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Poster: Scribble Date: Aug 28, 2008 9:48am
Forum: prelinger Subject: Re: Is telecining the videos still the best way?

That's a pretty good point, I usually end up removing the pulldown frames in order to apply motion effects anyway.

The problem could be the device used to capture the film, unless it's a flying spot scanner it probably introduces pulldown as a consequence of its mechanical nature.

Making the files 24/23.976 would save space on the server as well...

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Poster: FP Date: Aug 29, 2008 3:20pm
Forum: prelinger Subject: Re: Is telecining the videos still the best way?

Another vote for 24P files.

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Poster: Rick Prelinger Date: Aug 31, 2008 1:39pm
Forum: prelinger Subject: Re: Is telecining the videos still the best way?

Well, one reason I transfer film at 30 fps is that I still transfer chiefly for standard-def broadcast use. That's what pays our way.

The other reason I haven't gotten into 24p transfers is that I'd have to go to other facilities, whose services are considerably more expensive than our current process. If you correct for all the factors, we're talking at least three times more expensive.

I'd really like to make the absolute highest-quality versions of our films available online (short of 2k or 4k, I guess that would be 1080/24p), but in order for this to happen, someone would have to cover our transfer costs, which would be astronomical, and we'd have to figure out how to make up for the lost income when producers no longer had to pay Getty Images for the best quality.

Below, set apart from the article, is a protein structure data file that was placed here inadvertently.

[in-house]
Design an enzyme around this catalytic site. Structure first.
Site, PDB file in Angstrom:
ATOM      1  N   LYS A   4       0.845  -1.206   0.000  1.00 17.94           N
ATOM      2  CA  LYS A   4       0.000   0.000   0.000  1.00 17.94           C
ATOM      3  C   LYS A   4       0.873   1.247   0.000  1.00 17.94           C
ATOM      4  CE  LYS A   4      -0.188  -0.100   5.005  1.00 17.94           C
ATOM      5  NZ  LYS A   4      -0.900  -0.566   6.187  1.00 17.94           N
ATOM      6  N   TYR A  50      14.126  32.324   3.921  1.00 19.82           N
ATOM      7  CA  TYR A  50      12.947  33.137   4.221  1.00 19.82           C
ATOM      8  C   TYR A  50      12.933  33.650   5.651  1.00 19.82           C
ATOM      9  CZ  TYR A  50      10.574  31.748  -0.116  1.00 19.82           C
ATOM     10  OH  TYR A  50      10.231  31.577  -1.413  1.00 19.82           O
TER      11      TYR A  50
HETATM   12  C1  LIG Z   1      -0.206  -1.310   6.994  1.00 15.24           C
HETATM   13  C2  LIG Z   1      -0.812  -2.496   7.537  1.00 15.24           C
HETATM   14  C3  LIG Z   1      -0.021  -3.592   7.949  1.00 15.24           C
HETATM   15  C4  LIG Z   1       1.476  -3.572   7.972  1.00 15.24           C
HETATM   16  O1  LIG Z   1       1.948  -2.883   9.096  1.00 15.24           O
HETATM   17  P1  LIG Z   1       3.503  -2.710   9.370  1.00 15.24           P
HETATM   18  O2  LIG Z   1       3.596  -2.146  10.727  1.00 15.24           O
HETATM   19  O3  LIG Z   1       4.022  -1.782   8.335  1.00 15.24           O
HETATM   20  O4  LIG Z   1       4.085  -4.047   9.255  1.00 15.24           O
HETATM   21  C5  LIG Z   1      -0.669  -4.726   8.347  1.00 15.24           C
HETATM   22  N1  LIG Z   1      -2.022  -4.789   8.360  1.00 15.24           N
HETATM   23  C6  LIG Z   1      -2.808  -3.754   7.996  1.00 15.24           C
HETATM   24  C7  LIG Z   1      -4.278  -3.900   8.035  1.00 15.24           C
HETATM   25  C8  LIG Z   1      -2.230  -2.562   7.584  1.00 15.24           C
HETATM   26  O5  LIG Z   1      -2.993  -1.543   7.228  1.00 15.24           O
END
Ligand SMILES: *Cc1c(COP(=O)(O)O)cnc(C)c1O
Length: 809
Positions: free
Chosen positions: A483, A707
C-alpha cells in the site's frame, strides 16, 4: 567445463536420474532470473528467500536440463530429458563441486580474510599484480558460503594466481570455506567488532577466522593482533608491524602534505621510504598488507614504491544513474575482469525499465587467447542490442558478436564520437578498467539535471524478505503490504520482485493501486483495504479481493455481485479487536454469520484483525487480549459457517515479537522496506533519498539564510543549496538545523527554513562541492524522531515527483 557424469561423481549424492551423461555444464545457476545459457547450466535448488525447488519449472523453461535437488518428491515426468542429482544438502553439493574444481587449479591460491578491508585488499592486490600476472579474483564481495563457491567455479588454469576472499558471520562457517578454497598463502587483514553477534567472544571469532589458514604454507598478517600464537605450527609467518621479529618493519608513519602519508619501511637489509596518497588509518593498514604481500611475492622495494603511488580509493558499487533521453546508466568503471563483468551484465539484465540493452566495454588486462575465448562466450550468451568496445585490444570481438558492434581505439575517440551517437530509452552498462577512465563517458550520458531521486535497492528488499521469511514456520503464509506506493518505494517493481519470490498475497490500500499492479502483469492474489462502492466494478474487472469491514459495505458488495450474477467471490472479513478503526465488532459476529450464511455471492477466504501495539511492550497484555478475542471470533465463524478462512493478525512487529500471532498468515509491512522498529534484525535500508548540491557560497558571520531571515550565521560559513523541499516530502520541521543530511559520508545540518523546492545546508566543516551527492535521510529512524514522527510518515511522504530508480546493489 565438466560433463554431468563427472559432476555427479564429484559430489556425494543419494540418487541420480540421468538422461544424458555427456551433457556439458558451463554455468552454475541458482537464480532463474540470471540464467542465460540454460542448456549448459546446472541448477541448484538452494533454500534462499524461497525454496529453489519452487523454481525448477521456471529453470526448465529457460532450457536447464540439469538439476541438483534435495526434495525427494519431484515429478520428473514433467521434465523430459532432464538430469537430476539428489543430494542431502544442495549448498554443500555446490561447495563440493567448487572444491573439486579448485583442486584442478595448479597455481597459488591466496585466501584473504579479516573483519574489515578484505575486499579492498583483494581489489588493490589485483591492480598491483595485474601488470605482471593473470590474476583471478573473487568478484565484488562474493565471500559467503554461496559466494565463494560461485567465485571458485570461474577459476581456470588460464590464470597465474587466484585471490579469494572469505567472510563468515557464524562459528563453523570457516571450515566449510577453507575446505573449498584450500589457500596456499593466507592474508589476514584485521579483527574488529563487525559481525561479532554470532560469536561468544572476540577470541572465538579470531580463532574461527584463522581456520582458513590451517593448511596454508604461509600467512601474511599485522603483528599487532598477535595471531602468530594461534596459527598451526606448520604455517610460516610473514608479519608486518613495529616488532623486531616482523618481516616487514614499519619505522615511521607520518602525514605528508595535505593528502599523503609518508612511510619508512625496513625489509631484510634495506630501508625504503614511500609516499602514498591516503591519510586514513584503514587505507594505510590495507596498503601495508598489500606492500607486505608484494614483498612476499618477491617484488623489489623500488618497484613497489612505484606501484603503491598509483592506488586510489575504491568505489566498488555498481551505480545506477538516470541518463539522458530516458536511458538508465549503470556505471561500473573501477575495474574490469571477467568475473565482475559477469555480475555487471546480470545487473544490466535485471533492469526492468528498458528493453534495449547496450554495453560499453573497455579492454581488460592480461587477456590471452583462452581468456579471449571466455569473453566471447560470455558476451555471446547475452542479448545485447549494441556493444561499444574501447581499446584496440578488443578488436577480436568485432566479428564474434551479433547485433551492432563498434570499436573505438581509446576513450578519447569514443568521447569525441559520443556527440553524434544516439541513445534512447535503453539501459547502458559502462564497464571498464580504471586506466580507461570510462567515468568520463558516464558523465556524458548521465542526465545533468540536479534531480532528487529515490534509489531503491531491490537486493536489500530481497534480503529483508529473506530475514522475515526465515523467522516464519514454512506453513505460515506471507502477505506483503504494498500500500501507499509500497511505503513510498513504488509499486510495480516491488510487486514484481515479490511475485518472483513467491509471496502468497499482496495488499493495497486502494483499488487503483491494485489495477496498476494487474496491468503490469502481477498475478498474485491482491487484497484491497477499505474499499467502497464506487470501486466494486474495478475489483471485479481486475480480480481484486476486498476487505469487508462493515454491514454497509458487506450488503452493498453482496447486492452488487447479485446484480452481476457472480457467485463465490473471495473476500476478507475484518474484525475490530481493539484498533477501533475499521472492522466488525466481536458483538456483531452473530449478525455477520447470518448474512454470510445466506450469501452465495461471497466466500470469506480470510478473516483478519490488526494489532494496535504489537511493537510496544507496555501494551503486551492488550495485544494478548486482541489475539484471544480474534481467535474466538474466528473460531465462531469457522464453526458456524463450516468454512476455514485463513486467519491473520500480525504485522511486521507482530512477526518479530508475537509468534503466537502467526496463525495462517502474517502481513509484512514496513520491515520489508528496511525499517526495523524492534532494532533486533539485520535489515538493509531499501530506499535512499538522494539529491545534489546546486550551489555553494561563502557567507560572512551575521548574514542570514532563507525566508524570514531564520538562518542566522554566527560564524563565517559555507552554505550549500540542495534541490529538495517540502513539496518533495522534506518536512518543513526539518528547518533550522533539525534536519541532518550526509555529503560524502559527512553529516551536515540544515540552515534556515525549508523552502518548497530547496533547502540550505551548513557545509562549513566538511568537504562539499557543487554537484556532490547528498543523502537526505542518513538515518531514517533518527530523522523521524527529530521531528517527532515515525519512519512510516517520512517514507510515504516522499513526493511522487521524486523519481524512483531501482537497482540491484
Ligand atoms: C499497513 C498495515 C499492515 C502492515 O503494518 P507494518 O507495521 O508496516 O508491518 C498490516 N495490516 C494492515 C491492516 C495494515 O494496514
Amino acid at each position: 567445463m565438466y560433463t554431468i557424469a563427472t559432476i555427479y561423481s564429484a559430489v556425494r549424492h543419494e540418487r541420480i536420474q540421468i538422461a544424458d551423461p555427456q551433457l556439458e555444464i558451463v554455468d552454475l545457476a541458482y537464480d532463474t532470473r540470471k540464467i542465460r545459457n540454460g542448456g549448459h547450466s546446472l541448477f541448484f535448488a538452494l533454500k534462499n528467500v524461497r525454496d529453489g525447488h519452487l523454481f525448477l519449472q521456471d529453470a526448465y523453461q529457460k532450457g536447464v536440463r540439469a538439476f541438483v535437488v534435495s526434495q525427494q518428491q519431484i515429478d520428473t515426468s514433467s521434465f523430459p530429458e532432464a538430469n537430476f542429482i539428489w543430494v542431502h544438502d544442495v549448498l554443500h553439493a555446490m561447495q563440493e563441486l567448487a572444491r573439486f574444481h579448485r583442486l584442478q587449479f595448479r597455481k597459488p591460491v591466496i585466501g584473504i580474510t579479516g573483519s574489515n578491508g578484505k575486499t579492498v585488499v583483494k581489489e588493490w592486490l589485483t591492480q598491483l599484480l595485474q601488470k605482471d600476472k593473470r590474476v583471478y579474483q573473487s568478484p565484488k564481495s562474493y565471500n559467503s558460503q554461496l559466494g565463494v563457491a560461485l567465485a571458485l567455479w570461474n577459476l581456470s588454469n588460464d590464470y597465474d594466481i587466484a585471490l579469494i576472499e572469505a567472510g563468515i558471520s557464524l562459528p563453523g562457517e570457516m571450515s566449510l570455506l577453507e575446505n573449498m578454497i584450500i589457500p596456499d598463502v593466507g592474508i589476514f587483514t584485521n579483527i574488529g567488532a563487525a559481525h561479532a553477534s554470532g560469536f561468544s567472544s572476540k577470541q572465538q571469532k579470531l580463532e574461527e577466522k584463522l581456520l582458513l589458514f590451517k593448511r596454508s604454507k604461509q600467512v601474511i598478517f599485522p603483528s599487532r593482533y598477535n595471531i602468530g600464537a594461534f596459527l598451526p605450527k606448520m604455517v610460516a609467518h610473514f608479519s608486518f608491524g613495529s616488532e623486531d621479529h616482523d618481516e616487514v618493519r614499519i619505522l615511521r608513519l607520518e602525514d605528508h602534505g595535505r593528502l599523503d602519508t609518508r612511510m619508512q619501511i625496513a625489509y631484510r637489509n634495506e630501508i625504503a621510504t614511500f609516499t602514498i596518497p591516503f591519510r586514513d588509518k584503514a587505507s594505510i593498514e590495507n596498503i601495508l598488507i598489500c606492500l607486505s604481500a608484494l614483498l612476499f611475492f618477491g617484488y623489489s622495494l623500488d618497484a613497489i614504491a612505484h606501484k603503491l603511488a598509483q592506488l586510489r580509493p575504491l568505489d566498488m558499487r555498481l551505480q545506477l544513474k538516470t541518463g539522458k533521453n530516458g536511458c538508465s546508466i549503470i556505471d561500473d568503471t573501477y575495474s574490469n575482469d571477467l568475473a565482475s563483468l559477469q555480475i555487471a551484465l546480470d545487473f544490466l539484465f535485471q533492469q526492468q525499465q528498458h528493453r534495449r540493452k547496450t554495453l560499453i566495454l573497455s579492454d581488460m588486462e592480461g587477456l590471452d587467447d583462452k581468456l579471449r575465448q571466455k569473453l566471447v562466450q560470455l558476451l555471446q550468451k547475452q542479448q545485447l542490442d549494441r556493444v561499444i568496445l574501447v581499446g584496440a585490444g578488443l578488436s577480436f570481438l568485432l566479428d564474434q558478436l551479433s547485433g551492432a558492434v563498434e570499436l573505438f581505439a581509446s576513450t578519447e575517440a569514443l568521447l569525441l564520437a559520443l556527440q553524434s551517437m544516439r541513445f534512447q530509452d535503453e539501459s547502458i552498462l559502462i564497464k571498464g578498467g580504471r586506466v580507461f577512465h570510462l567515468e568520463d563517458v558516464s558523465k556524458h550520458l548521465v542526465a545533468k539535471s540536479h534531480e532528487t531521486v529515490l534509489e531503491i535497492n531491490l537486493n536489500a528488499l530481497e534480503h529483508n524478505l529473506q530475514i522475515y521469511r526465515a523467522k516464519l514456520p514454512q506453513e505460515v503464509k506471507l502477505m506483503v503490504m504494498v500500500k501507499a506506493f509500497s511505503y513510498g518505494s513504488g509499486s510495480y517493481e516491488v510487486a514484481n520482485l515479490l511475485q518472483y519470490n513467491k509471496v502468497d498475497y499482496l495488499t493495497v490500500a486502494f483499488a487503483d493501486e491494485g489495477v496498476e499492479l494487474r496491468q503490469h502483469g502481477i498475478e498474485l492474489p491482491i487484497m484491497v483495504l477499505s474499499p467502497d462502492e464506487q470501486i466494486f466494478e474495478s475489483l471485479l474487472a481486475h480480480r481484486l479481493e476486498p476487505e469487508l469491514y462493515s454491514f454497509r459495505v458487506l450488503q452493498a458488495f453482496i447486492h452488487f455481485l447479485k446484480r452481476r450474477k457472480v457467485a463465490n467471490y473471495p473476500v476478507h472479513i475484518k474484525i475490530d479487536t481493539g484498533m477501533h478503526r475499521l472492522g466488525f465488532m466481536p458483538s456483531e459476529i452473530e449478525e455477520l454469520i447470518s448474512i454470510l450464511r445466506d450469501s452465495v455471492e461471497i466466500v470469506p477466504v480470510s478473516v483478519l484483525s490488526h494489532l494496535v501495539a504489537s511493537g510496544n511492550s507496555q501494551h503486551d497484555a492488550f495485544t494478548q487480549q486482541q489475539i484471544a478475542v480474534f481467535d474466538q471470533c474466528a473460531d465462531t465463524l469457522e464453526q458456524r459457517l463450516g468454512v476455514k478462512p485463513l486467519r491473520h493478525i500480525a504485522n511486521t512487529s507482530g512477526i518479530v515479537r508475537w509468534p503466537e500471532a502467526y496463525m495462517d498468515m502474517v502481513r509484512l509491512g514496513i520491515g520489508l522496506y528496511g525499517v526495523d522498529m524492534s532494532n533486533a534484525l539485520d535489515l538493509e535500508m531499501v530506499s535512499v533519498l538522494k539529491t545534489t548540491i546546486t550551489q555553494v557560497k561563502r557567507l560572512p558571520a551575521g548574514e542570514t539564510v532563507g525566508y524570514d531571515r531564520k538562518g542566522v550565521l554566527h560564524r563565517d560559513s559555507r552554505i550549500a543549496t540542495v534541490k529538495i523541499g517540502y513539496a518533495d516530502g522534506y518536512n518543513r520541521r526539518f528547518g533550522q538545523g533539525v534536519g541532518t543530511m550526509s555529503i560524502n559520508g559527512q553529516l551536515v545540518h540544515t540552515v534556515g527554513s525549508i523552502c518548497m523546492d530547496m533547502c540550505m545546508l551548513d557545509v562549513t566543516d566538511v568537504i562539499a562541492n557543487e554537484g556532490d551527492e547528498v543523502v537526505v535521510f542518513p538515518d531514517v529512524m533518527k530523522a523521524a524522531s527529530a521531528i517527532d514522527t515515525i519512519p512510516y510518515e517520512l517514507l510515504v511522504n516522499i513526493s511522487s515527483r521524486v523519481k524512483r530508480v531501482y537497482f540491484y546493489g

In case anyone cares, I've been waffling on making HD transfers of our material for a number of reasons:

1. Very expensive
2. No single best way to transfer 4:3 film to HD without cropping (which I object to) or letterboxing (which many others object to).
3. Just about impossible to find an HD telecine facility with liquid-gate, a working film cleaner, optical sound heads for 35mm and 16mm, and the ability to handle archival film and its peculiarities. The HD telecine workflow is optimized for newly shot film and HD transfers of archival material are artisanal and very, very costly.

We are very happy with the SD work that Churchman Television does for us.

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Poster: Scribble Date: Sep 1, 2008 5:52pm
Forum: prelinger Subject: Re: Is telecining the videos still the best way?

Rick,

I always "pillar" box the 4:3 materials so I can use them in 16:9 productions, this ensures full frame and minimal resizing, you can see this in use on the fine film "In the Shadow of the Moon", which pillar-boxed their NASA archival footage to maintain the integrity of the compositions.

Best Regards...

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Poster: Rick Prelinger Date: Sep 1, 2008 5:56pm
Forum: prelinger Subject: Re: Is telecining the videos still the best way?

Yes, this probably presents 4:3 material with the greatest integrity, but our stock footage clients working in HD don't like it that way -- they want full-frame even if it results in loss of some of the image. I am therefore deciding not to decide at present.

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Poster: FP Date: Sep 1, 2008 1:18pm
Forum: prelinger Subject: Re: Is telecining the videos still the best way?

All good reasons, and it's very considerate of you to take the time to offer them along with these free films. At this price, I'll gladly accept what I can get. Liquid gate transfers are a tasty bonus.

For anyone interested:
Both AE and Magic Bullet for Vegas do an adequate job of restoring telecine'd films to 24P. High-quality frame sequences or uncompressed files can then be output for manipulation at reasonably high quality.